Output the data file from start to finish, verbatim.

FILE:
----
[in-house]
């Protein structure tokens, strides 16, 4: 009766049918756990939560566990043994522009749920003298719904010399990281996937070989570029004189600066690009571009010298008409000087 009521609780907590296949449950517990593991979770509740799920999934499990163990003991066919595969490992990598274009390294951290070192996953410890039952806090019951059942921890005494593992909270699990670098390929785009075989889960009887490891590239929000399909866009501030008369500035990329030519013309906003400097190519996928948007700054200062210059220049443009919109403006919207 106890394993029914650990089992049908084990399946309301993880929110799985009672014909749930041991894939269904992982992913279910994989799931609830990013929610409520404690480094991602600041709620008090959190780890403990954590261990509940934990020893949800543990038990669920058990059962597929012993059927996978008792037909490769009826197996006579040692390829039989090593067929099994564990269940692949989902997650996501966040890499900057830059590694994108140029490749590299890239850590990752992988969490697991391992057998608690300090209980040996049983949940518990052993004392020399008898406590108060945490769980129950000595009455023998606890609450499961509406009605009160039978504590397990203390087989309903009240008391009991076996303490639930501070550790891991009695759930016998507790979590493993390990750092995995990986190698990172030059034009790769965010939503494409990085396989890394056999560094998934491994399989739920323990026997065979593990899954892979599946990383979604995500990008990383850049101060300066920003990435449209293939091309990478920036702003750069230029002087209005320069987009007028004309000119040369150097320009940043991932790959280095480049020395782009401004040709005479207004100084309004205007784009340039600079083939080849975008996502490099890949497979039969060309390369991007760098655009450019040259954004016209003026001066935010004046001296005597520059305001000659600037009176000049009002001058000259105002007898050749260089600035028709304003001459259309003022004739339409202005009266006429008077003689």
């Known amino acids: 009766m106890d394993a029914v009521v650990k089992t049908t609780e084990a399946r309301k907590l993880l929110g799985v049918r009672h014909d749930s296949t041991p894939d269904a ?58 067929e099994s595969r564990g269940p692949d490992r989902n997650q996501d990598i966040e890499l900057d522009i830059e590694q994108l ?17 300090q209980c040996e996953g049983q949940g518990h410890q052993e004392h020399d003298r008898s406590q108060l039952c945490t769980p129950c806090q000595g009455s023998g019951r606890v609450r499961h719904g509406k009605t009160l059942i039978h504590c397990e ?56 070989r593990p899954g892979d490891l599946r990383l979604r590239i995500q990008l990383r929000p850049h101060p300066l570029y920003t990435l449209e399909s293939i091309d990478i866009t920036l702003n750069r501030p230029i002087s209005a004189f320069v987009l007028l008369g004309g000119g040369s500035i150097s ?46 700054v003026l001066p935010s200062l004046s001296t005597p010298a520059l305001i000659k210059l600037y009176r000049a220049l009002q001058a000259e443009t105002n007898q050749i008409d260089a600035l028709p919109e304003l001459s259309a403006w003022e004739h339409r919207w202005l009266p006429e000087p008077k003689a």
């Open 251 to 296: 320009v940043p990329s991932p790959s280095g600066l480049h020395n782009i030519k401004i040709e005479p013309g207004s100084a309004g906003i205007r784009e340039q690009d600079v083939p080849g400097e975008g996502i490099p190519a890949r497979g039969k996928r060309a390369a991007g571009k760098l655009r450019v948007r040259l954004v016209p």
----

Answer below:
[in-house]
């Protein structure tokens, strides 16, 4: 009766049918756990939560566990043994522009749920003298719904010399990281996937070989570029004189600066690009571009010298008409000087 009521609780907590296949449950517990593991979770509740799920999934499990163990003991066919595969490992990598274009390294951290070192996953410890039952806090019951059942921890005494593992909270699990670098390929785009075989889960009887490891590239929000399909866009501030008369500035990329030519013309906003400097190519996928948007700054200062210059220049443009919109403006919207 106890394993029914650990089992049908084990399946309301993880929110799985009672014909749930041991894939269904992982992913279910994989799931609830990013929610409520404690480094991602600041709620008090959190780890403990954590261990509940934990020893949800543990038990669920058990059962597929012993059927996978008792037909490769009826197996006579040692390829039989090593067929099994564990269940692949989902997650996501966040890499900057830059590694994108140029490749590299890239850590990752992988969490697991391992057998608690300090209980040996049983949940518990052993004392020399008898406590108060945490769980129950000595009455023998606890609450499961509406009605009160039978504590397990203390087989309903009240008391009991076996303490639930501070550790891991009695759930016998507790979590493993390990750092995995990986190698990172030059034009790769965010939503494409990085396989890394056999560094998934491994399989739920323990026997065979593990899954892979599946990383979604995500990008990383850049101060300066920003990435449209293939091309990478920036702003750069230029002087209005320069987009007028004309000119040369150097320009940043991932790959280095480049020395782009401004040709005479207004100084309004205007784009340039600079083939080849975008996502490099890949497979039969060309390369991007760098655009450019040259954004016209003026001066935010004046001296005597520059305001000659600037009176000049009002001058000259105002007898050749260089600035028709304003001459259309003022004739339409202005009266006429008077003689």
């Known amino acids: 009766m106890d394993a029914v009521v650990k089992t049908t609780e084990a399946r309301k907590l993880l929110g799985v049918r009672h014909d749930s296949t041991p894939d269904a ?58 067929e099994s595969r564990g269940p692949d490992r989902n997650q996501d990598i966040e890499l900057d522009i830059e590694q994108l ?17 300090q209980c040996e996953g049983q949940g518990h410890q052993e004392h020399d003298r008898s406590q108060l039952c945490t769980p129950c806090q000595g009455s023998g019951r606890v609450r499961h719904g509406k009605t009160l059942i039978h504590c397990e ?56 070989r593990p899954g892979d490891l599946r990383l979604r590239i995500q990008l990383r929000p850049h101060p300066l570029y920003t990435l449209e399909s293939i091309d990478i866009t920036l702003n750069r501030p230029i002087s209005a004189f320069v987009l007028l008369g004309g000119g040369s500035i150097s ?46 700054v003026l001066p935010s200062l004046s001296t005597p010298a520059l305001i000659k210059l600037y009176r000049a220049l009002q001058a000259e443009t105002n007898q050749i008409d260089a600035l028709p919109e304003l001459s259309a403006w003022e004739h339409r919207w202005l009266p006429e000087p008077k003689a």
């Open 251 to 296: 320009v940043p990329s991932p790959s280095g600066l480049h020395n782009i030519k401004i040709e005479p013309g207004s100084a309004g906003i205007r784009e340039q690009d600079v083939p080849g400097e975008g996502i490099p190519a890949r497979g039969k996928r060309a390369a991007g571009k760098l655009r450019v948007r040259l954004v016209p």